Our next destination was south of Florence, the small fortress town of Montalcino, located in the heart of Tuscany, just south of Siena. Montalcino’s fame is inextricably tied to one of the greatest wines of the world, Brunello di Montalcino. Back in the mid- to late 19th century, the Biondi Santi family isolated a specific clone of sangiovese grape that they found thrived and showcased their area and terroir like no other planted in the region. It was a grape that showed great potential, balance, expression, depth, complexity and aging ability. Up until that point no Italian wines could rival the great French wines, but this all changed with Brunello when Ferruccio Biondi Santi named this clone Sangiovese Grosso BBS11, and it became the benchmark and, eventually, a DOCG regulation for all Brunello production.
Biondi Santi was a leader in a movement in the area, but later down the road, another leader and trailblazer would make his way onto the scene. This man, American at that, was John Mariani, not the writer (who happens to be my father, though our family has known theirs for decades). The Mariani family had run an importing business under the Banfi label in New York, and made its fortune importing wine from the cooperative Riunite in Italy that produced the highly popular Lambrusco in the '60s, which became the number one imported wine. In 1978, Banfi had already bought land in Tuscany and had purchased vineyards in Montalcino, soon to produce their very own Brunello.
What has made Banfi such a prominent and important name in the region and the wine world is not just that they make great wines, but that they have been integral in maintaining and developing the region as a whole, preserving and upholding the highest level of en vironmental consciousness and dedication to the betterment of the DOCG. The company financed ampelographic research to isolate the best, healthiest clones for production of Brunello, narrowing 650 clones down to 15, which they openly shared with their neighbors. Castello Banfi has won International Winery of the Year four times and Italian Winery of the Year nine times.
Leaving Florence, we headed down SS2 until we reached the entrance road to the winery. Navigating our way through vineyards and roads lined with cypress trees, we pulled up to the Castello Banfi Estate (above), a sight nostalgically familiar to me as I had been here before, almost twelve years ago. Much has changed since then but much has remained the same. I remember back then seeing along the entrance road barren soil being prepared for new vines soon to be planted; now they were healthy bountiful rows of vines. When I had first visited the estate, we had stayed in their farmhouse, isolated in the vineyards with a corral in the back harboring donkeys, including one, Aristotle, who is still there.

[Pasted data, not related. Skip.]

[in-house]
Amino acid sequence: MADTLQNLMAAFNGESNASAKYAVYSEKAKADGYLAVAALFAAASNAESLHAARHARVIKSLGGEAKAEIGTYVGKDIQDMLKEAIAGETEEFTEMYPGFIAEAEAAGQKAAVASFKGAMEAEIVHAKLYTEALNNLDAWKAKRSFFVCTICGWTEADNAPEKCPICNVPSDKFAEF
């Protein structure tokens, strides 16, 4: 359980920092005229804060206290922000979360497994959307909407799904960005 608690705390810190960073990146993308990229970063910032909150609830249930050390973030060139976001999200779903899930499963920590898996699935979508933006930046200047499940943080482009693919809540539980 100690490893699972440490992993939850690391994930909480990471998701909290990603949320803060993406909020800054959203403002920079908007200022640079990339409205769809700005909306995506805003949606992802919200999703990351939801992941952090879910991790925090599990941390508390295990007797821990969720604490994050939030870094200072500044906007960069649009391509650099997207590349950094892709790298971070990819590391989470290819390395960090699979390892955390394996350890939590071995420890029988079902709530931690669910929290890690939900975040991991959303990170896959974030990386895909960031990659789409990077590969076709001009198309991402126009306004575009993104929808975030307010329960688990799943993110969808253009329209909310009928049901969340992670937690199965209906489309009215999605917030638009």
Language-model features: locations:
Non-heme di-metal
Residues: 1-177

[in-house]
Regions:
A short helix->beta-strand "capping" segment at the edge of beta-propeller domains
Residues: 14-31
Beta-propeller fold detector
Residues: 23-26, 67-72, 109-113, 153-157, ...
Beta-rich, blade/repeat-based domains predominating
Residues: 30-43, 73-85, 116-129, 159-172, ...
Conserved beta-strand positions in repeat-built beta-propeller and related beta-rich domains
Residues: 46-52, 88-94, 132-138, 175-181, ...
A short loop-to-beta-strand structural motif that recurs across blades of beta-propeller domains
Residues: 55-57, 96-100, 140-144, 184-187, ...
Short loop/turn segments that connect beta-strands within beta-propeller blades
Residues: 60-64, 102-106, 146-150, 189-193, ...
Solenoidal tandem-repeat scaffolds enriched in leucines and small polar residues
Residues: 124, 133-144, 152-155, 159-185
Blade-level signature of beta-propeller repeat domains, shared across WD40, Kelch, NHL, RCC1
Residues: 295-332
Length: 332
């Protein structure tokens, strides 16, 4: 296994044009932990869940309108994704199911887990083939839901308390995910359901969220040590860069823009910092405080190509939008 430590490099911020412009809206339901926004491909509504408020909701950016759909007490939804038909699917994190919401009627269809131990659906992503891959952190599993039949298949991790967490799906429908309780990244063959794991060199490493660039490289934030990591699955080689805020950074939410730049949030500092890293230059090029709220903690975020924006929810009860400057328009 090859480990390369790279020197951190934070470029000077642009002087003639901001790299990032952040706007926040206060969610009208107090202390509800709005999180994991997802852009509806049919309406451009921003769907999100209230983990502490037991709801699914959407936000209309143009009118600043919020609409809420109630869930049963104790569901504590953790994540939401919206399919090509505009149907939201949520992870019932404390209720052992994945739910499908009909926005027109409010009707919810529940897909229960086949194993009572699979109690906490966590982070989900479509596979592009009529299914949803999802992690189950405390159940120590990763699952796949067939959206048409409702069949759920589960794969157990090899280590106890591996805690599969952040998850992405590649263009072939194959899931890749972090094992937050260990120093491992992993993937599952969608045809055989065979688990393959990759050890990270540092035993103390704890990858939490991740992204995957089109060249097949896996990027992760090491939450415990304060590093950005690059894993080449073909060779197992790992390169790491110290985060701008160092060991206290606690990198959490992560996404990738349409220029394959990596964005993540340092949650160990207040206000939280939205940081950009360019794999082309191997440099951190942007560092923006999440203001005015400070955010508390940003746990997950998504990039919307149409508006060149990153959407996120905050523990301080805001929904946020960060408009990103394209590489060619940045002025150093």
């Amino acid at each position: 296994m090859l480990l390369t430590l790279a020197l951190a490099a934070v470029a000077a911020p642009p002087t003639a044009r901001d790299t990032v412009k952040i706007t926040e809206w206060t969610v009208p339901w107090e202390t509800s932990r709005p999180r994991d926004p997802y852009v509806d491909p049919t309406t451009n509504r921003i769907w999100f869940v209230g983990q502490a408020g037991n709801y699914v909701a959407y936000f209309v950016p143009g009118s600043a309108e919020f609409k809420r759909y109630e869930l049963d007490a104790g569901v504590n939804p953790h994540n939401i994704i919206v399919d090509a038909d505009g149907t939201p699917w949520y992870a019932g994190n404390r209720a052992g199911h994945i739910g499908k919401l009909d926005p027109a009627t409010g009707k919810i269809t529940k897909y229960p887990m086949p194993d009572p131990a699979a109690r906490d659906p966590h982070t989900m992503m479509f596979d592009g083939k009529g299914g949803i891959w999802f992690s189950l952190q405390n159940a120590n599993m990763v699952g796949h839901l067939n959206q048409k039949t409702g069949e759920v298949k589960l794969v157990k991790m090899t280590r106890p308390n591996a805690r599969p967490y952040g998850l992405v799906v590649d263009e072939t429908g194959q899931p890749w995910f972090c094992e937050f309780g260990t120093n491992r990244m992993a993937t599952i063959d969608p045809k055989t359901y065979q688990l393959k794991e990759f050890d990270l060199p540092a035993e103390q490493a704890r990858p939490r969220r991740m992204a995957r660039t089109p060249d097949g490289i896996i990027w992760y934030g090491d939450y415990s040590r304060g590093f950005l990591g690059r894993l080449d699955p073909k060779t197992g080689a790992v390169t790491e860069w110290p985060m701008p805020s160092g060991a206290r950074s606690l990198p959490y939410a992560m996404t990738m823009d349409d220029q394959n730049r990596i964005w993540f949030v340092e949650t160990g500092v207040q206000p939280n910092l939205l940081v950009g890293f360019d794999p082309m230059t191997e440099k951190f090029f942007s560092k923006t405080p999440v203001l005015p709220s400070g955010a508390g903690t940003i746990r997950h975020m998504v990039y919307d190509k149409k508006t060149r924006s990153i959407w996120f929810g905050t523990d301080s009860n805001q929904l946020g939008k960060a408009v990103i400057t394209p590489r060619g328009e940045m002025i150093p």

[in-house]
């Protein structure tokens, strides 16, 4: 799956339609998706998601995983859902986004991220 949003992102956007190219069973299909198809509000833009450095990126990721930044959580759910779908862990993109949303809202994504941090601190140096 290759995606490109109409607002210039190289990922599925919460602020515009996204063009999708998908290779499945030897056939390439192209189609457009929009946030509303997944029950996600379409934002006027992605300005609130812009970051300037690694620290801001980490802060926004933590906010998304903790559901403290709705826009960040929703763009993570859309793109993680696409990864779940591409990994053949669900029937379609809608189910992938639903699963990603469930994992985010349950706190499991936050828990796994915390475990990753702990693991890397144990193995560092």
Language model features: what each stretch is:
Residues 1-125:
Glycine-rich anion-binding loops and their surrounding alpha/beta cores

Now, after spending millions of euros, Castello Banfi has built a full-blown resort of luxury suites and accommodations called Il Borgo. Rooms are dressed in a modern and elevated farmhouse motif (right) that provide the ultimate Tuscan Wine getaway.
When we arrived, we found a small, gated parking area for guests. We pulled in, and as I crept through the lot I noticed that there happened to be a club of Ferrari owners staying the night. So, with no choice, I parked my Fiat 500 between million-dollar vintage Ferraris. Of course, I was excited to see these cars, but all of a sudden my super cool, 101 hp Fiat wasn’t as much fun anymore. Nonetheless, when I was greeted by the concierge and hotel managers, I was treated just as if one of those Ferraris were mine. The hospitality was genuine and abundant.
We were walked to our room and, as we stepped out from a covered staircase, we entered into a white rose garden with vineyards in the background (right) that sat at the footstep of our room’s door. After settling in and getting our second wind, we headed to the restaurant, set just off the castle, for a thoroughly enjoyable evening of food and great wine.
The following day, we had the luxury of taking a wine tour of the estate, an amenity offered to all guests of Banfi. To kick off the tour, we started in the tasting room with lineups such as the Rosso di Montepulciano, Poggio alle Mure, their single vineyard production, and their top bottling, Poggio all’Oro, each showcasing Banfi’s commitment to constant development and increased used of modern wine making techniques. The wines had balance, persistence, power and identity, all the while showing finesse.
Castello Banfi is not just a place to visit while driving through this prominent wine rich region but also a place where you can splurge, be taken care of and indulge yourself within the world of vino. There aren’t many resorts that can offer the extensive experience Castello has. Or so many Ferraris in the parking lot.